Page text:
Keynote and Panel discussion topics include
Heating Up: : Climate Change and the fashion industry. Time for CEOs to step up to the challenge
The race is on.
Climate change is trending in all the wrong ways. With levels of emissions going up rather than down, the baton for action is firmly in the hands of industry and the nation’s business leaders to lead the charge of keeping global warming to below 1.5 degree Celsius.
Currently responsible for close to 10% of carbon emissions, the apparel sector is predicted to lay claim to 25% by 2025. Drastic action is required to reverse this trend.
Brands big and small can start today in reducing their footprint and addressing the greatest challenge of our time. From raw material substitutions to energy saving measures, the tools to change are here. All that’s needed is the will and leadership to take action.
Panelists include Kit Willow, KITX and others to be announced
Responsible materials sourcing
Natural resource depletion is increasing at an alarming rate. With the fashion industry responsible for large tracts of deforestation and high levels of water consumption, brands are looking to alternative material sources to lower their impact.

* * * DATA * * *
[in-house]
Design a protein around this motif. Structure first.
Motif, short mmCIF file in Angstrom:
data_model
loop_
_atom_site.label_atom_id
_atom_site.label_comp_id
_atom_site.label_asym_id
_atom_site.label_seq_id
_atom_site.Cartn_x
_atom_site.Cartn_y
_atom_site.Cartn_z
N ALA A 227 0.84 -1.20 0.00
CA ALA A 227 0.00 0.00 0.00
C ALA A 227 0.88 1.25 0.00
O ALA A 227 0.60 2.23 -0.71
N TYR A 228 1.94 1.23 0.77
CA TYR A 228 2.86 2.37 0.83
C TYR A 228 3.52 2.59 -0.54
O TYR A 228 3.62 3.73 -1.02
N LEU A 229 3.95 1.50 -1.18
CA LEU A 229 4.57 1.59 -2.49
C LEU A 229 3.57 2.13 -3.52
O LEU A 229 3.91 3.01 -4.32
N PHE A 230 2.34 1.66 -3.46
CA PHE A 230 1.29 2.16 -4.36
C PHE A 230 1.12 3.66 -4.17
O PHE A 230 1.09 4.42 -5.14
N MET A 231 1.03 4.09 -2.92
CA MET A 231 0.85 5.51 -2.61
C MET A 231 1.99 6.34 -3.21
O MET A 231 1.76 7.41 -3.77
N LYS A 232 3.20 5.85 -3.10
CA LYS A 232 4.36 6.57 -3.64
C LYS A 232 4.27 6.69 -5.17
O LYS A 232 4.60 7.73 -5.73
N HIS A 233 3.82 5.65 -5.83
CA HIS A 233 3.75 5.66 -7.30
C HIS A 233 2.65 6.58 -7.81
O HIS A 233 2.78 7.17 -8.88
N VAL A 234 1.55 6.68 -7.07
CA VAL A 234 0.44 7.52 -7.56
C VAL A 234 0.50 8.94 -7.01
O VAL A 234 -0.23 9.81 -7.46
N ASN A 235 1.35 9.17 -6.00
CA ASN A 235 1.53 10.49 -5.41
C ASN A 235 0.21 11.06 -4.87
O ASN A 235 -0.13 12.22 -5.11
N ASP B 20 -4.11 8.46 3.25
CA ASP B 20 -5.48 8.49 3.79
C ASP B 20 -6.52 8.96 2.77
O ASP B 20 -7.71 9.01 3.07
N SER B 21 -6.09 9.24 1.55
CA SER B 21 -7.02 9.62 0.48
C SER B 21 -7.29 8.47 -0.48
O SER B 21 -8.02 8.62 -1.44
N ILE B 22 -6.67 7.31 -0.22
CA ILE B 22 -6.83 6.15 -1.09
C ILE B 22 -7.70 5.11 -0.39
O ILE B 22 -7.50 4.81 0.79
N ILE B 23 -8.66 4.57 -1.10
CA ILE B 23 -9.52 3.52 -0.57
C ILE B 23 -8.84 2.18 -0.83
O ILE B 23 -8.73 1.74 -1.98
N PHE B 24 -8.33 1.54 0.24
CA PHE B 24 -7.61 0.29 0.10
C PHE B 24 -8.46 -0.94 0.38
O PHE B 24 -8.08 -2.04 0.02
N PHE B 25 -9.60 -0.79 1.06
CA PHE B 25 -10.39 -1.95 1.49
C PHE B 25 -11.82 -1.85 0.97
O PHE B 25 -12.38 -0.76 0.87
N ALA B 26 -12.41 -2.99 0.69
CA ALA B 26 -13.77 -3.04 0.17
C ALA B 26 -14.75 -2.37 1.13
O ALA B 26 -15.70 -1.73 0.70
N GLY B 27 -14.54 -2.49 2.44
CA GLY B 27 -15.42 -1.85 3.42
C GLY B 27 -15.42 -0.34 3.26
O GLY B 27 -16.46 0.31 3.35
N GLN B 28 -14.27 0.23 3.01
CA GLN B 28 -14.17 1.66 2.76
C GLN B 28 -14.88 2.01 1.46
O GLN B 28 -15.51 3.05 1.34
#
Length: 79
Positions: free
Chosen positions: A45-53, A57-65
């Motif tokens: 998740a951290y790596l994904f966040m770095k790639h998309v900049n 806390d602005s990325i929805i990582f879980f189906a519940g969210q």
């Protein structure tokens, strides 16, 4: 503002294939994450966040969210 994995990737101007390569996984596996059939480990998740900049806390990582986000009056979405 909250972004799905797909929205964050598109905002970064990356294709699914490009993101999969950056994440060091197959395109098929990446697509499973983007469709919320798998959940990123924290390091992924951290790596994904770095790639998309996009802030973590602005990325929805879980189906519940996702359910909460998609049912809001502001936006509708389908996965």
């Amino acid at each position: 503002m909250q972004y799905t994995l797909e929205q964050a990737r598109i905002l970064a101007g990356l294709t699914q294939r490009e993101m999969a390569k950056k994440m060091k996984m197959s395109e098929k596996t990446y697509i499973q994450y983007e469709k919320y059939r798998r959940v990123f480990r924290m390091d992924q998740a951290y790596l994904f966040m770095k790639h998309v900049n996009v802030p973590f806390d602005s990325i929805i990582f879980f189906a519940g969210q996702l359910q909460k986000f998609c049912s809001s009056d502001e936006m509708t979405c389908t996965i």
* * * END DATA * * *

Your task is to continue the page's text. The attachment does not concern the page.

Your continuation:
Enter the circular economy and textile innovation. Reconfiguring fibre supply chains to sustainable and circular solutions is no small commitment though. Hear from some of Australia’s leading brands transitioning from conventional to low impact fibres. Learn how they got started, their challenges, the easy wins and what’s to come.
Panelists include Country Road Group and others to be announced
Tracing fibres to their country of origin has long been the holy grail of the apparel industry. With the possibility of substitution and blending along the supply chain and the added risk of raw materials being tainted by forced labour, the ability to reliably prove provenance and authenticate claims has been missing.
All along, nature has held the answer and now forensic science is bringing it to the fashion industry. Hear how Oritain is working with brands including The Kering Group (Gucci, Balenciaga, Saint Laurent) and Marks & Spencer to verify cotton and wool traceability from the field to the final product.
A game changer for consumer trust and supply chain integrity, its application has endless possibilities.
How does it work and which fibre is next?
Presentation by Sandon Adams, Managing Director, Oritain Australia
New business models shaping the future of fashion
Disruption is all around. No more so than in the model of the fashion business itself.